Macklemore’s latest mea culpa, “White Privilege II,” is barely three days old, but the internet has wasted no time mining every lyric for think pieces galore. One verse in particular has raised eyebrows among Macklemore’s peers: In the song, he calls out Iggy Azalea and Miley Cyrus for being just as guilty of cultural appropriation as critics have accused him of being. Replying to a fan on Twitter who interpreted the line as a diss, Azalea initially responded, “He shouldn’t have spent the last 3 yrs having friendly convos and taking pictures together at events etc if those were his feelings.” The comment then incited a daylong Twitter feud with Talib Kweli, who strongly felt that Azalea missed Macklemore’s point. Ultimately, Azalea said she wasn’t offended by Macklemore’s words, but that hasn’t stopped the controversy. In an interview with Rolling Stone, Macklemore has clarified why exactly he referenced Iggy and Miley on the song:
“For me, that second verse is unpacking. It’s an unpacking moment of internalized criticism and self-doubt, and ‘What have I done,’ and letting the criticism infiltrate who I am. ‘Why am I insecure at a protest?’ And I think that people get put into boxes, and the conversation around cultural appropriation — I was at the forefront of that, rightfully so. And that conversation also included Miley Cyrus and Iggy Azalea, and that’s why their names are on the record.”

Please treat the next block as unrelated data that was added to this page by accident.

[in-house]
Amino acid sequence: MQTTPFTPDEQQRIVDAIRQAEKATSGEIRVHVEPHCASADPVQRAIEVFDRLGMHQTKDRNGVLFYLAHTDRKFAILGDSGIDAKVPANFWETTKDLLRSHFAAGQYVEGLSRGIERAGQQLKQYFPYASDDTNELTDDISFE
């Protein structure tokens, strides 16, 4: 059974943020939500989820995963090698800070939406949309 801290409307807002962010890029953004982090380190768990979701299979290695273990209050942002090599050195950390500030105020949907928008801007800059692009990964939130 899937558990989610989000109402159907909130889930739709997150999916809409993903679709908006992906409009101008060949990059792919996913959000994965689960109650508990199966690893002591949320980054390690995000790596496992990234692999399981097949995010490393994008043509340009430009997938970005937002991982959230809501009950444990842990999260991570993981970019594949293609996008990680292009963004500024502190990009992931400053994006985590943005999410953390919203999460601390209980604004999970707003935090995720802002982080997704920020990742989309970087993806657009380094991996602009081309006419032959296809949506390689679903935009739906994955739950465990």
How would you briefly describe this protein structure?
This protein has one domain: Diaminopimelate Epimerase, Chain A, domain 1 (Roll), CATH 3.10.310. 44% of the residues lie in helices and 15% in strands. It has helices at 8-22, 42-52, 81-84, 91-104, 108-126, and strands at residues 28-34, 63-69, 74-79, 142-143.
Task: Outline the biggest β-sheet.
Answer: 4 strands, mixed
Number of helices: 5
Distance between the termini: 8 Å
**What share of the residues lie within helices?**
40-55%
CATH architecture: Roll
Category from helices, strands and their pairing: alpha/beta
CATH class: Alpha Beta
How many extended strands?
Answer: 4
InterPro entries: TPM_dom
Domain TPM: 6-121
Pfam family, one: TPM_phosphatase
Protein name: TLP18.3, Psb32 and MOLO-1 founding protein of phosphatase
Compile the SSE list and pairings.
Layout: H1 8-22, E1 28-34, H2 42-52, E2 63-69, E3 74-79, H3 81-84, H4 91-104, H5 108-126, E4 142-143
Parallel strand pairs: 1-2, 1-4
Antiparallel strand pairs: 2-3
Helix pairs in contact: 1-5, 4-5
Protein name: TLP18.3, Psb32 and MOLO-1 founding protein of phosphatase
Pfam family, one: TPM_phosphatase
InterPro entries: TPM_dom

As Macklemore tells it, it wasn’t about using Iggy and Miley as scapegoats for appropriation, but holding both himself and these other white musicians accountable for profiting off black culture. And it’s his own insecurities about his position in the industry that nearly prevented him from releasing the song: “The song was like halfway done and Ryan asked me, ‘Where do you go from here, now? You make this song. You call out yourself. And you talk about cultural appropriation. But at the same time, you’re benefiting from the same thing you’re calling out. And there’s no way not to, and there’s no way to make this record and exempt yourself from still benefiting in a certain capacity.’ And I think that I had to continue to come back to, ‘Is this record, with all of the inherent flaws in it, is it better in the world, or not?’ And I couldn’t answer that just by myself.”
So instead, he turned to people of color within the Black Lives Matter movement and beyond — Jamila Woods, Hollis Wong-Wear, Georgia Roberts, Nikkita Oliver, and more — for guidance and a necessary perspective heard in their own voices throughout the track. But even before then, he says it was a phone call from a hip-hop O.G. whom Macklemore won’t name, on the night of Darren Wilson’s non-indictment, that gave him all the validation he needed to write and drop the song.